Going, Going ? Condit Gets More Bad News
July 7, 2008 - 7:28 PM
1st add includes comments by Rep. Bob Barr.
(CNSNews.com) - Amid the poor reviews over his performance in a nationally televised interview Thursday night, California Congressman Gary Condit learned Friday that the Democratic leader in the U.S. House might take action to punish Condit.
Condit was quizzed Thursday by ABC's Connie Chung about his affair with Washington intern Chandra Levy and her subsequent disappearance. An NBC/Zogby poll conducted immediately after the interview found that 84 percent of those surveyed said they were "very unsatisfied" with Condit's remarks on why he didn't come forward to help police investigators sooner.
The poll also showed that 81 percent of those questioned would not vote to re-elect Condit if he were their congressman.
In an interview with the St. Louis Post Dispatch, House Minority Leader Richard Gephardt (D-Mo.) called Condit's televised statements "disturbing and wrong," saying he will talk with House Democrats about possible action, which might include Condit giving up his seat on the House Intelligence Committee.
"I do not believe he was candid and forward," Gephardt said in an interview with the St. Louis Post-Dispatch. "He stayed in this zone of being evasive.
"As to his future, that rests with him and [his] political constituents," Gephardt said, but added, "I need to talk to my colleagues ... We're going to have to deal with the issues."
Until Friday, Gephardt had defended Condit.
"I've served with Gary Condit for 12 years, and he's never lied to me," Gephardt said. "In the early stages, it was a matter of finding this young woman ... I assumed, first of all, that he was cooperating with police."
Gephardt said he had hoped Condit would be "straightforward, candid and apologize," during the interview. "What he (Condit) said last night was disturbing and wrong," Gephardt said. "I think it fell way short. It all adds to the general perception that politics are no good and politicians are a bunch of bums."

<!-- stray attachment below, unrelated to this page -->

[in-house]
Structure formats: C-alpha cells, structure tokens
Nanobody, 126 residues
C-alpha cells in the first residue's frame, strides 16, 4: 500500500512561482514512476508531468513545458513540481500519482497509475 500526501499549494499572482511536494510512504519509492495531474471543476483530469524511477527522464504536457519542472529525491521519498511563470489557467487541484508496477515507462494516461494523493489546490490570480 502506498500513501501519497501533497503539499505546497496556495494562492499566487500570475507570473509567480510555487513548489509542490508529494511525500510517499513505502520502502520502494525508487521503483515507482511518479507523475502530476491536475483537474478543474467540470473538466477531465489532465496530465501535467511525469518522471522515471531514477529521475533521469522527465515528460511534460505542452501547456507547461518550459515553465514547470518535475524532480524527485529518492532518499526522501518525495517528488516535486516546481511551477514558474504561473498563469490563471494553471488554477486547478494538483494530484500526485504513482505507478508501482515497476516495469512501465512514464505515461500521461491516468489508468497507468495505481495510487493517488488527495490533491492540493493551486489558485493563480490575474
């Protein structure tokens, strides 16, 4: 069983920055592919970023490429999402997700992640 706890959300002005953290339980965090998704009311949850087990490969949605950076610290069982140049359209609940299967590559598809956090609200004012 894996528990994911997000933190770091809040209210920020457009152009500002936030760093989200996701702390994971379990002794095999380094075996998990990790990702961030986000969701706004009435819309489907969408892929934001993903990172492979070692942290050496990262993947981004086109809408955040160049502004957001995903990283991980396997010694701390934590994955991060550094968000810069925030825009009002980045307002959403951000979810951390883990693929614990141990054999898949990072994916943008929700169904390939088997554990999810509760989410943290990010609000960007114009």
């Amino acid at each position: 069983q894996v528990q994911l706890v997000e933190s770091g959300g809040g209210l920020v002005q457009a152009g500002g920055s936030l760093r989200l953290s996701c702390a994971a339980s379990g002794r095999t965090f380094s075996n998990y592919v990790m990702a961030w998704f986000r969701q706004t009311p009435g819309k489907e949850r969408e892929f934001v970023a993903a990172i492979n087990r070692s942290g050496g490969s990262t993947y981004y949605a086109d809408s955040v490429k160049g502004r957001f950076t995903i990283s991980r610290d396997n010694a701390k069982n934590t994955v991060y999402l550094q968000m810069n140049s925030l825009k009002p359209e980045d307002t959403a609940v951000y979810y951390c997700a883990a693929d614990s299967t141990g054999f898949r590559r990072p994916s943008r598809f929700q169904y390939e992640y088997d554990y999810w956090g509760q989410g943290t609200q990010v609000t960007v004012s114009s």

Meanwhile, Rep. Bob Barr (R-Ga.) Friday welcomed Gephardt's criticism of Condit.
"After more than three months of dodging, denial and doubt, I am grateful the House Minority Leader has finally acknowledged Congressman Condit's actions in the Chandra Levy matter are both 'disturbing and wrong,'" Barr said.
"I am surprised, however, this comes in reaction to a news media interview given by Mr. Condit, and not to the news many weeks ago that Mr. Condit was not only not forthcoming with law enforcement authorities, but appears to have obstructed justice," he said.
"Nonetheless," Barr said, "I hope Mr. Gephardt's comments today will serve to move the House of Representatives towards taking a very serious and thorough look at whether Congressman Condit has violated the ethical and legal standards of the House of Representatives, and whether his continued service as a member of the Intelligence Committee puts our nation's national security at risk."
Political analysts from all over the country weighed in Friday with their reactions about Condit's performance and his chances for political survival.
"It's clearly an uphill battle, but it is premature to write him off," said Dave Kopel, research director at the Independence Institute. "There are a lot of people in public office who have been in disastrous shape in the opinion polls. Most of them lost, but some of them managed to pull off a comeback."
The NBC/Zogby poll found that 93 percent felt Condit was more concerned about his political career than about the welfare of Levy.
Condit has yet to decide if he will seek re-election in 2002 and his Washington office was not prepared Friday to comment on the numbers reported in the NBC/Zogby poll.
During the television interview with Chung, Condit, who represents California's 18th district, did acknowledge having had a "close" relationship with Levy, but he refused to say if it was sexual and denied he had anything to do with her disappearance.
"Even if, in the extremely unlikely event that he had nothing to do with her disappearance, his dishonesty, self-centeredness, arrogance and narcissism, which were on full display in the Connie Chung interview, show that he is unfit to serve in Congress," Kopel said.
Constituents in Condit's district tended to voice similar views, and an attorney for Levy's parents told NBC's Today show that the parents were angry after watching the interview. Condit was being "dishonest" and "slippery," Billy Martin alleged, and has "something to hide."